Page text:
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July 26, 2016

The Story of Optimizely: Elevating Your Small Business Using Pricing Strategy – StartUp Nation

Seventy-five percent of venture capital-based startups fail in the United States, according to a 2012 Harvard Business School study. What could be the reason behind this? One issue is a lack of pricing strategy. Even in its earliest stages, a startup should be considering how it will monetize its offerings. The story of Optimizely, a San Francisco-based startup that has achieved incredible triple-digit annual revenue growth, proves the power of considering pricing from the inception of a venture.

Optimizely is the world’s most popular software for optimizing websites, creating and delivering more than 30 billion optimized visitor experiences. Founded by two former Google product managers, Dan Siroker and Pete Koomen, the idea for Optimizely emerged during Siroker’s stint as director of analytics for the 2008 Obama presidential campaign. Siroker and his team compared the effectiveness of web pages, email messages and other communications, helping the Obama campaign raise more than $100 million in additional donations online. Their analytics found, for example, that a button reading “learn more” – rather than “sign up” or “join us now” – was more likely to get visitors to provide an email address.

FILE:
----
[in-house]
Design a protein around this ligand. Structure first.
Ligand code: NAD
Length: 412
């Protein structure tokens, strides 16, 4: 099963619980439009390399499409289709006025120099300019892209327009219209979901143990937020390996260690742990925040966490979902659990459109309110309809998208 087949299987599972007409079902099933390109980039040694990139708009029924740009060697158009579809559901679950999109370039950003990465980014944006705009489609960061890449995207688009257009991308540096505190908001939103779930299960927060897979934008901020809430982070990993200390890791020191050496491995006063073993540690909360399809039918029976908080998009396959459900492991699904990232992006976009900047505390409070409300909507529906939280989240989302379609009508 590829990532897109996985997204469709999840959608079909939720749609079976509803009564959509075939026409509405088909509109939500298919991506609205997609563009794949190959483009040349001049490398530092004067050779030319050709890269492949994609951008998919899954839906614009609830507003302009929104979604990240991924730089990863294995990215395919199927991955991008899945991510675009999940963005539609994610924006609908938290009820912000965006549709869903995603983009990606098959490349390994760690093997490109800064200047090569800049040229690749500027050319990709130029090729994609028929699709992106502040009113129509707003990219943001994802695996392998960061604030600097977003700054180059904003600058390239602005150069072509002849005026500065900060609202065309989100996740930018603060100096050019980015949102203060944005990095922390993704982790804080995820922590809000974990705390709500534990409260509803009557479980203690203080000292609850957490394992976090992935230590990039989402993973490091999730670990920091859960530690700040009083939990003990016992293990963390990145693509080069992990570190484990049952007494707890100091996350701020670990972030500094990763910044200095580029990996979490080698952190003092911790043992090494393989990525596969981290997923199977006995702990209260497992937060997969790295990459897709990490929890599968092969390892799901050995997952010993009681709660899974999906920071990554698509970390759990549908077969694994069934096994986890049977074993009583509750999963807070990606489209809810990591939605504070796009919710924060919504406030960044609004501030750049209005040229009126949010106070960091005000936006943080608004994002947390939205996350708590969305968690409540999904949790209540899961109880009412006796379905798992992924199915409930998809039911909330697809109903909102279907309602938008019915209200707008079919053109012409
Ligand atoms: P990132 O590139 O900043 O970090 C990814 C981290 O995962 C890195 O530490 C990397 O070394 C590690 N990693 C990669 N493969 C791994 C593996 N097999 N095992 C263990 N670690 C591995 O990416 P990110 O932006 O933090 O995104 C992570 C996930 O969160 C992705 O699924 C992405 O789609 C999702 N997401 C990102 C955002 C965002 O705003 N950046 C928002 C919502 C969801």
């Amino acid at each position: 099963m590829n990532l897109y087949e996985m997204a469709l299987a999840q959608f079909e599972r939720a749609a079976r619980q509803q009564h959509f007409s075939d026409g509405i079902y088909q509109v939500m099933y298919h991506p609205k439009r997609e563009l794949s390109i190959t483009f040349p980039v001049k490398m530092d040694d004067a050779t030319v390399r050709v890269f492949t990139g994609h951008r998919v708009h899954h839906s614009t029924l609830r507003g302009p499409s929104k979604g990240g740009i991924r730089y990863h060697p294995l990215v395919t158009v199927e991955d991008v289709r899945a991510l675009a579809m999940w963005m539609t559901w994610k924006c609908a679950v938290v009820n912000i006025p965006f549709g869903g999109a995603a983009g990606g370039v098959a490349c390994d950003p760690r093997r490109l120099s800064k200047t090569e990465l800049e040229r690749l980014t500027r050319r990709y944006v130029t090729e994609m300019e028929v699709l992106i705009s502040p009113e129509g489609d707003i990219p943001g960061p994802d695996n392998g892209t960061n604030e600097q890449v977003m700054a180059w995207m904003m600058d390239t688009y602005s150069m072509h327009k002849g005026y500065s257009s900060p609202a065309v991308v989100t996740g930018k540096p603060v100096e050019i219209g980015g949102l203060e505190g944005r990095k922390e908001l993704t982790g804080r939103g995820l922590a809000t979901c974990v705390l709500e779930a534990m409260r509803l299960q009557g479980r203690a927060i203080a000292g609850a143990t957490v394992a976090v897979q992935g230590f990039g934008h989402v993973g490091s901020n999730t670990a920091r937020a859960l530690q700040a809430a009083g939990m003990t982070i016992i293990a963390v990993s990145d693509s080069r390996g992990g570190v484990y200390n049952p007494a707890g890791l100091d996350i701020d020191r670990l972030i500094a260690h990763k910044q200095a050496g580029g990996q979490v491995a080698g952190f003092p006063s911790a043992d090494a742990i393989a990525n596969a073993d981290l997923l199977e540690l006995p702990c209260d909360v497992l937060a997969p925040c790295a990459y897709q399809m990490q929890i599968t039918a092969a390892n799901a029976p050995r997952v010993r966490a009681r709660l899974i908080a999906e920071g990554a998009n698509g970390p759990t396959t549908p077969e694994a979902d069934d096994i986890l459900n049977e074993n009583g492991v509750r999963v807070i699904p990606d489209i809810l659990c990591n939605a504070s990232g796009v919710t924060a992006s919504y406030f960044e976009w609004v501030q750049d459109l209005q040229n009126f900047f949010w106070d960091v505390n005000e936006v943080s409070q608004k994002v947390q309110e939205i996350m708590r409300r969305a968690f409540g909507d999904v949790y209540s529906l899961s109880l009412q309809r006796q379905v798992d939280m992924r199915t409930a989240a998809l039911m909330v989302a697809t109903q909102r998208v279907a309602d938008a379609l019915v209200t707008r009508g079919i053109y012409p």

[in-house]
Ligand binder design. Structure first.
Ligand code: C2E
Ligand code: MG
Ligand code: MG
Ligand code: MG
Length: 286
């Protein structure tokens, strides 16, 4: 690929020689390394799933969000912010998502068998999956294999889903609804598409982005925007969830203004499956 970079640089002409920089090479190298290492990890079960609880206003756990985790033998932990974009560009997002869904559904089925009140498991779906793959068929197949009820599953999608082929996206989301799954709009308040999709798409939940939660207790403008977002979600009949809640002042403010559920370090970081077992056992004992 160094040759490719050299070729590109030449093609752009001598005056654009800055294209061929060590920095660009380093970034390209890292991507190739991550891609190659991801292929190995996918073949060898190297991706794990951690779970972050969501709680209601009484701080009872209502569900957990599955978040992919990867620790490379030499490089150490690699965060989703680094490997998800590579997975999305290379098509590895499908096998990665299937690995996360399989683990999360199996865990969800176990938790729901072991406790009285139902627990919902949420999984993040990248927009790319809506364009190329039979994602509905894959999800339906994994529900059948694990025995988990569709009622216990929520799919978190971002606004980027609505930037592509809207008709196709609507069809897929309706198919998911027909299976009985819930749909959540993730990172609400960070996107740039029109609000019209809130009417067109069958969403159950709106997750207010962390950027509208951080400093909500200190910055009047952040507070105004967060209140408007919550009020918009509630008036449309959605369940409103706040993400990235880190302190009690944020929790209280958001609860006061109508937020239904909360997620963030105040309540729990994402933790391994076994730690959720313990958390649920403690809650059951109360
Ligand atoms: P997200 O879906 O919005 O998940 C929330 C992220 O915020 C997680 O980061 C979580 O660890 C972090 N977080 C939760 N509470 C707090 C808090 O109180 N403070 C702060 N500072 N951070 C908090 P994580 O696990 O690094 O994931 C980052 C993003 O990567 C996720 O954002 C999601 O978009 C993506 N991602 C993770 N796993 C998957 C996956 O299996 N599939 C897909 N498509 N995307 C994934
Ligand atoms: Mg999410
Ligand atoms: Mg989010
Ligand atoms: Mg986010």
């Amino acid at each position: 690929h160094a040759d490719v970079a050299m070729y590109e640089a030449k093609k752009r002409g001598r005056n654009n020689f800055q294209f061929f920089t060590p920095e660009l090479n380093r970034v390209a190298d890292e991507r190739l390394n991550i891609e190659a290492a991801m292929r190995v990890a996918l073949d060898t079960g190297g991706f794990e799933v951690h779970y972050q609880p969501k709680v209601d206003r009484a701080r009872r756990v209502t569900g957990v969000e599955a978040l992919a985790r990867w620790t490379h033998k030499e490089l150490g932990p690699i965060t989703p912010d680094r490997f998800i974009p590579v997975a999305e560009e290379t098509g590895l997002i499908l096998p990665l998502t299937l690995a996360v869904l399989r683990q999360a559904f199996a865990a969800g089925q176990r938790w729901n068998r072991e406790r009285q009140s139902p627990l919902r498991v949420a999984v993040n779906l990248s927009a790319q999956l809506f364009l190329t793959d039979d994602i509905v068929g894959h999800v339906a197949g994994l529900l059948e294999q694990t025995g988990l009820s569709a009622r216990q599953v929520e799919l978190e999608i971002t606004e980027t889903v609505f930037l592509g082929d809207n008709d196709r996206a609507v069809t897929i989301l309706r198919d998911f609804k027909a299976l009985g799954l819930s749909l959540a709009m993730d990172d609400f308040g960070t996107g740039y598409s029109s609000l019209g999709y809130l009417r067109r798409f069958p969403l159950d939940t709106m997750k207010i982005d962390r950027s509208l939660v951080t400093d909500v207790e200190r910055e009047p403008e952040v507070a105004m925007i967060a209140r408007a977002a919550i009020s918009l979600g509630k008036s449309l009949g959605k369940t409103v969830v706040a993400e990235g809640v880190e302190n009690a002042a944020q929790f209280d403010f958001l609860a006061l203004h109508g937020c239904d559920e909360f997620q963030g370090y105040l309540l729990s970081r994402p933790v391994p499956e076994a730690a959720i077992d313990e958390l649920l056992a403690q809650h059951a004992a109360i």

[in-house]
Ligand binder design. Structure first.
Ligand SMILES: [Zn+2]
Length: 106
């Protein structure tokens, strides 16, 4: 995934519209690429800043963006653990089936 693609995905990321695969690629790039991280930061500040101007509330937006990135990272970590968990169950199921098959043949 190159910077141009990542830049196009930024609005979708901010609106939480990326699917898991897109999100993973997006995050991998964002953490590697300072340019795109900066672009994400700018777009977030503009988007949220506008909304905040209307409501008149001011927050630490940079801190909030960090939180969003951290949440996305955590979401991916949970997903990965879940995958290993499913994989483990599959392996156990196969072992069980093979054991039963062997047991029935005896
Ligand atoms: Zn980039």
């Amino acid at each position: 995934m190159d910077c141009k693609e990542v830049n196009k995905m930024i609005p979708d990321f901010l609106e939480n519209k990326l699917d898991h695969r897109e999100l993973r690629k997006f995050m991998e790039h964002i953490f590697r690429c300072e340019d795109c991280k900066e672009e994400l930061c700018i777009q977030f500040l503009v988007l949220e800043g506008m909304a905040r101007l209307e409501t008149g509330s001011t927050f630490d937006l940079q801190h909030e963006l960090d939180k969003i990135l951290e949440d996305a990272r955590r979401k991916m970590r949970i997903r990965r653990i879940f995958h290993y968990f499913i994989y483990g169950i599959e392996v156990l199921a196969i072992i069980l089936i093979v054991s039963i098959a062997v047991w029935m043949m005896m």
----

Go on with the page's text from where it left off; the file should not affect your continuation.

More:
From this experience, Siroker saw an opportunity to commercialize A/B and multivariate testing and launch Optimizely as a full-fledged software product. The software could help companies improve their website experiences for customers, which is especially important to e-commerce companies. With his idea in place, Siroker set out to develop his product.

First up: determining whether customers would pay

In contrast to the course taken by many other Silicon Valley companies, Siroker included pricing in the strategy from the very beginning. Instead of diving head first into development, he and his business partner Koomen began their process by first having the “Willingness to Pay” (WTP) talk with potential customers to understand what features they valued and how much they’d be willing to pay for them.

Read the full article at StartupNation.